If you’re like me, you can sit down for hours at a time and enjoy looking over your budget. If you’re normal, you have neither the time nor the inclination to spend a perfectly good evening crunching numbers. I’m assuming that most people are ‘normal’ (at least in terms of budgeting) and for that reason, I have broken the process into seven, doable steps, so that by this time next week you will finally be on a budget.
What a budget will do:
- Help you get out of debt.
- Help you set and achieve financial and savings goals.
- Help you conserve your resources.
- Help you anticipate financial problems before they occur.
What a budget will not do:
- Keep itself – budgets do require monthly maintenance.
- Keep track of every little expense – budgeting is about your BIG financial picture; like when lots of little things start to add up.
- Magic – budgets do not do magic, that part is up to you.
Day 1 – Choose Your Weapon
Before you decide on your method for keeping track of your finances, ask yourself a few questions:
Do I want to record of everything by hand?
- Will I be motivated to do this every month?
- Do I have the time to do this every month?
- Are my finances simple enough to do this every month?
Do I want to use budgeting software?
- Are most of my transactions electronic, or will I have to manually input a lot of cash transactions?
- Am I comfortable giving my bank information to an online service?
- Am I willing to pay for software?
Here are just a few of your options (be sure to shop around to see what you like):
- Excel (By Hand) – There are plenty of free spreadsheets online to get you started. Also, be aware that many banks allow you to export your account information directly to Excel.
- Mint.com (Online Service)
- PocketSmith.com (Online Service)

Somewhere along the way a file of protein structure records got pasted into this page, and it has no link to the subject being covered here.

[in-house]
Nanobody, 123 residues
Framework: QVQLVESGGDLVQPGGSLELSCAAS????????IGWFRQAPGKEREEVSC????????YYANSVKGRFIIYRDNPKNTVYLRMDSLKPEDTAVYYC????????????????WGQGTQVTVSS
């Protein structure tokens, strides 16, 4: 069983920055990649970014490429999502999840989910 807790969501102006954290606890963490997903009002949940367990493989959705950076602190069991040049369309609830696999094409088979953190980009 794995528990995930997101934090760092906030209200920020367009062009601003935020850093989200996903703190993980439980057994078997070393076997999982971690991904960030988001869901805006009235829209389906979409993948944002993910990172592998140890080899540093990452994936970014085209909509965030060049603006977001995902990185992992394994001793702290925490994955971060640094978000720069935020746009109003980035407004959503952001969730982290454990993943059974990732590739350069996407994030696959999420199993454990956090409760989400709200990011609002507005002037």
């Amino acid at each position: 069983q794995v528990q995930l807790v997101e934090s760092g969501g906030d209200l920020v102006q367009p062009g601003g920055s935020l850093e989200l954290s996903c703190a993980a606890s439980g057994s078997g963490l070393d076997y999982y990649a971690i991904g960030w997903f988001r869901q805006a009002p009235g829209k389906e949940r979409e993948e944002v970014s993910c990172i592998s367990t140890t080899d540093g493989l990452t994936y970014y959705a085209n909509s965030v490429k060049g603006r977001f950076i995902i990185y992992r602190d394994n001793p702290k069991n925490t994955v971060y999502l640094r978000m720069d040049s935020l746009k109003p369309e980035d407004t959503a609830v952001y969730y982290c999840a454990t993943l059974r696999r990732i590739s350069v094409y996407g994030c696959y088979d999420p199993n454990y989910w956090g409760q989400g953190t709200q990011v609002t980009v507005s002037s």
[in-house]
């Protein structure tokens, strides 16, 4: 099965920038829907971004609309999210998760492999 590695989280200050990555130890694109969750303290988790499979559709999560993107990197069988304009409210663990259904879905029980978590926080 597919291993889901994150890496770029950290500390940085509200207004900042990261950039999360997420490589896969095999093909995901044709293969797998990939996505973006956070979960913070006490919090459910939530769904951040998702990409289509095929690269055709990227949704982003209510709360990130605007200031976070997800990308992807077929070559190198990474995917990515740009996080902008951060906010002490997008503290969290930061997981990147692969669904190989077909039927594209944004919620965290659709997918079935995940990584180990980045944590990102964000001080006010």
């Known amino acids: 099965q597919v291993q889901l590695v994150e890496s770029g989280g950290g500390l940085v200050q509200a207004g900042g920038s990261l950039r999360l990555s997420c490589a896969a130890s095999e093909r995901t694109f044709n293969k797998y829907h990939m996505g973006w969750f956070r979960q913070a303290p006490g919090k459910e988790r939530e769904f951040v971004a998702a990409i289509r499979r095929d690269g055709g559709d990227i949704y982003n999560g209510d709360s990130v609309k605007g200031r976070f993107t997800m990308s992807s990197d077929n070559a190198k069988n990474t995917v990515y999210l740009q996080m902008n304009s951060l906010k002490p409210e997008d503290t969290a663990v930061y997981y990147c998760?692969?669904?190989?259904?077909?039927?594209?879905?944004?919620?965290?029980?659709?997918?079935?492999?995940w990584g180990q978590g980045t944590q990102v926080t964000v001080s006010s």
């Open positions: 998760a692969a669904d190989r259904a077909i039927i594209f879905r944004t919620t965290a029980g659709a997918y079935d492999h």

- Quicken (Software, Available via Download)
- You Need a Budget (Software, Available via Download)
Day 2 – Get Your Poop in a Group
Now that you have your budget platform, you need to gather and input your budget data. Try to get information for at least 2-3 months back so that you can set realistic budgets for this month. Your budget will only get better and better as it builds on itself over time.
- Pay Stubs for both you and your spouse. Enter your total monthly income into your platform.
- Monthly income after tax – use a paycheck calculator like this one. Doing this will help you make sure that your W-4 is filled out correctly.
- Any other sources of monthly income that you might have (rental properties, etc.).
- Bank Statements – export these to Excel, or upload them to your software.
- Credit Card Statements – ditto.
- Check Registers – when check information is uploaded to your budget, it will not include specific information.
- Cash Expense Records? – if you are this anal retentive, then use it to your budget’s advantage.
Day 3 – Categorize, Organize, Harmonize
This is the hard part. When you first set up your budget, you are going to have a lot of transactions to categorize. Don’t let this put you off though, because when you take the time to start your budget off properly, maintenance will be much, much easier.
We use Mint for our budget and they have just about a million categories (no, not really). Make sure that you use just enough classifications to make your budget useful, not more, not less. Could I be more vague? Yes. Trust me, you’ll know when it’s right.
Day 4 – Set SPECIFIC Goals
Dream: Someday I would like to have a castle in southern Tennessee.
Goal: I am going to build a $2 million castle in southern Tennessee in 20 years. That means I need to be saving $X,XXX per month.
Goals have specific amounts and time-lines. Nobody lives forever man! Here are a few common considerations:
- Emergency Funds
- Home Buying
- College Savings
Day 5 – Balance the Budget
Here is the secret, here is the key to saving money: spend less than you make. Look at your big financial picture, goals ‘n’ all:
– Monthly Goals
Surplus 🙂 / Deficit 🙁
When you plug your budget into this equation do you come out with a surplus or with a deficit? If it’s the latter, then something in the equation has got to change. Either find a way to reduce your expenses or push back your goals a few more years; which sounds more appealing? I’ll wait while you decide.
Day 6 – Optimize Your Efforts
I’m impatient, you’re impatient. Sooner or later we all realize that we would like to be achieving or goals faster. Fortunately, there is a very simple way to do this: earn more, spend even less.
Ways to Earn More Money:
- Make the most of the benefits you have now and contribute to your employer’s 401k matching program.
- Ask for a raise.
- Take a second job.
Ways to Spend Less:
- Go through your bills and eliminate unnecessary expenditures.
- Switch to companies with lower rates.
- Eat in.
Day 7 – Keep on Truckin’
Schedule your next budget review for one month from now. Keep improving your spending habits and tracking your financial health.
Article publié pour la première fois le 24/08/2010